4. I agree with you, some “trends” are just awful and sometimes it’s scary to see what happened with some breeds during the years. I can only speak for France, here I noticed more attention and responsibility by SCC for dogs in an unhealthy state at shows. That’s just a small step, but in a right direction, I hope.
    easy rider recently posted…easyblog BUTT…My Profile

  5. Thanks so much for joining Barks and Bytes. This is an important topic.

    I am not sure I can get behind PETA or HSUS to solve this because their real goal is no more pets. Sounds extreme, but if you look into it, you will see the truth. I am not sure they have the best interest of the dogs as pets at heart. And yes I was at a show once where someone (suspected PETA member) released dogs from crates.

    I also think there is a big slant to the BBC documentary that undercuts the message. Yes there are issues when you are talking about selecting for an unhealthy structure, but it is too bad they do not present a more balanced view. For one example: they discuss health issues that are present in even mixed dogs.

    That being said, I agree there needs to be change. But I do not think a petition is the way to go. I think getting involved with the parent club or a local bred club: join, write them, attend shows to see what is really out and winning in the ring, write again. Be vocal. Be loud. Be persistent. You don’t have to own a pure breed to join a club, just be a breed fancier.

    I mentioned before some changes that some of us felt our parent club was trying to make to our breed without of changing the standard. Well some of us wrote and were very vocal about it. Some long time breeders even contacted the board of our parent club and we were able to get get them to rethink what they were doing. But it took time and persistence, not a petition. 🙂
    2 brown dawgs recently posted…Thursday Barks And Bytes–It’s So ColdMy Profile

    • Thanks for your comments, it’s helpful to get perspective from those of you more involved as admittedly we are not – having just stumbled into this due to our health concerns. I agree about PETA and HSUS, even toss in ASPCA. My thought was that it’s the AKC that needs to drive the change as the Kennel Club is now starting to do and the petition would be directed towards them. Breed clubs are good, and I commend the work done within yours – you made a difference. You are probably right – as Easy said too, small steps may be the best option at this point. Thanks again for your insight.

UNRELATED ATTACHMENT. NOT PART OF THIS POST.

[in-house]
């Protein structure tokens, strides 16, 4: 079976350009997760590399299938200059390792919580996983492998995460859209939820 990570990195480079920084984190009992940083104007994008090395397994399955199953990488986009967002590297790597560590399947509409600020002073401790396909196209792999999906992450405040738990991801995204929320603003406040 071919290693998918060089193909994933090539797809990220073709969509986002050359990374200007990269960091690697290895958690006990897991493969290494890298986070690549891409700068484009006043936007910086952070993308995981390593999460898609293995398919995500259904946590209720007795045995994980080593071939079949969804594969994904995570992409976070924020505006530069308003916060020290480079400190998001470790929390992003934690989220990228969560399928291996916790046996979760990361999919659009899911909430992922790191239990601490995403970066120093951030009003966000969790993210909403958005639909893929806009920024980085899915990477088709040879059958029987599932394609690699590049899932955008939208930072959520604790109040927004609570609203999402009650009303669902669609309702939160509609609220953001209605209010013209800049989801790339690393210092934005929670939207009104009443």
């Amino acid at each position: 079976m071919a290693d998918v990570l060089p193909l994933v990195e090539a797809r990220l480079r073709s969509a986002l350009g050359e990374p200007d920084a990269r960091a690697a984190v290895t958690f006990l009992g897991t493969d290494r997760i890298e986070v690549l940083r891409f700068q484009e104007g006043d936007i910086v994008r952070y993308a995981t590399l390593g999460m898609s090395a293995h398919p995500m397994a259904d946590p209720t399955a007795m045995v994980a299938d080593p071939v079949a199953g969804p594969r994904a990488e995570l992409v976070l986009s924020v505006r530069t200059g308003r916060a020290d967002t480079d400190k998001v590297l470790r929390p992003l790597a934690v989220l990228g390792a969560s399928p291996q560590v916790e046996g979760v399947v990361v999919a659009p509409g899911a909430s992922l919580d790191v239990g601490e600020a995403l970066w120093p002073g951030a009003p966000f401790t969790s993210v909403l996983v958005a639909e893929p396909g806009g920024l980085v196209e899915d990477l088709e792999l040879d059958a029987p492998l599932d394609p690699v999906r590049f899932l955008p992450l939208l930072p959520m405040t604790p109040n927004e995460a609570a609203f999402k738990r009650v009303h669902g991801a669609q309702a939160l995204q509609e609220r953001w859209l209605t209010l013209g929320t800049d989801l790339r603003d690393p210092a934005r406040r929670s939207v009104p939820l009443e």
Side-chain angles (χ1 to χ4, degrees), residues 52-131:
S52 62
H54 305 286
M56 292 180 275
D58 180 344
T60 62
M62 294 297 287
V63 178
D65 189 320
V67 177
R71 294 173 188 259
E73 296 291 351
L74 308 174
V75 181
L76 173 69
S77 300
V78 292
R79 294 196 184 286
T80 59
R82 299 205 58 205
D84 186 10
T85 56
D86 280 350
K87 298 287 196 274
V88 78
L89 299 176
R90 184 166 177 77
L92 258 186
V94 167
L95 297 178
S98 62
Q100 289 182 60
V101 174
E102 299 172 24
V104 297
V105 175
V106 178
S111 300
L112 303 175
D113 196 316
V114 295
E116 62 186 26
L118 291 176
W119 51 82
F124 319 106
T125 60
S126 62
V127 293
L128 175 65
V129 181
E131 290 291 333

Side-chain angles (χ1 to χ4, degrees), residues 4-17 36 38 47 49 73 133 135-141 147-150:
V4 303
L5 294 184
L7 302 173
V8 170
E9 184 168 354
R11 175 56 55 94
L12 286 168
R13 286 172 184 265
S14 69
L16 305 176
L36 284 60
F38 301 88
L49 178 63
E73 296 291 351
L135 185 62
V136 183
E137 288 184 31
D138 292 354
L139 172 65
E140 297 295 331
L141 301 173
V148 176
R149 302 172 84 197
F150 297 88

mkob recently posted…Will the Crufts Lab be as Heavy as the Westminster Lab?My Profile

      • Good luck with AKC. They were pretty much a dead end for us. They are not that helpful aside from being a breed registry. I am not sure if the English system is structured the same as it is here, because here, the breed club rules. They set the standard and educate judges. But hey, if you move the AKC then let me know the secret. 🙂
        2 brown dawgs recently posted…Thursday Barks And Bytes–It’s So ColdMy Profile

  6. I am eager to see what the Labs look like in this event as well. I think it’s great that you have brought some attention to this issue. It’s an important topic to be discussing, even if it makes a couple breeders feel uncomfortable.
    Lindsay recently posted…I’ll be watching Cesar Millan’s new show, Cesar 911My Profile

  7. These videos are great! Today’s German Shepherds look NOTHING like the ones my Daddy had in the 60’s-70’s. What we had looked more like today’s “Shiloh Shepherds,” http://www.shilohs.org/ of the shorter-haired variety. When someone wants a pure-bred dog, they really DO have to do a lot of research. Of course, despite what some say, mixed-breeds can carry down all the bad health issues that the breeds they’re made from have, and in some cases will be even sicker if it carries several “bad” genes from every breed in its makeup. Getting a mixed breed isn’t any guarantee for better health. It’s sad that groups like the AKC allow the breed-clubs to make the standards for the breeds instead of hiring medical specialists to write the breed standards. If vet/orthopedic/neurological/cardiac/optical specialists were the ones writing the standards, I bet things would be a whole lot different at dog shows.

  8. I loved the original article you wrote about the labs at Westminster and found it very interesting the comments that followed. I too can’t wait to see the Crufts dogs.

    I was at uni when they started the campaign to end tail docking in Australia, and I remember speaking to pet owners who thought that these breeds were born without tails. For quite a while after we were still seeing docked dogs, which seemed to be due to people wanting a dog that looked like the breed was supposed to. So I think the consumer always drives the product, and why I think the UK campaign was so effective.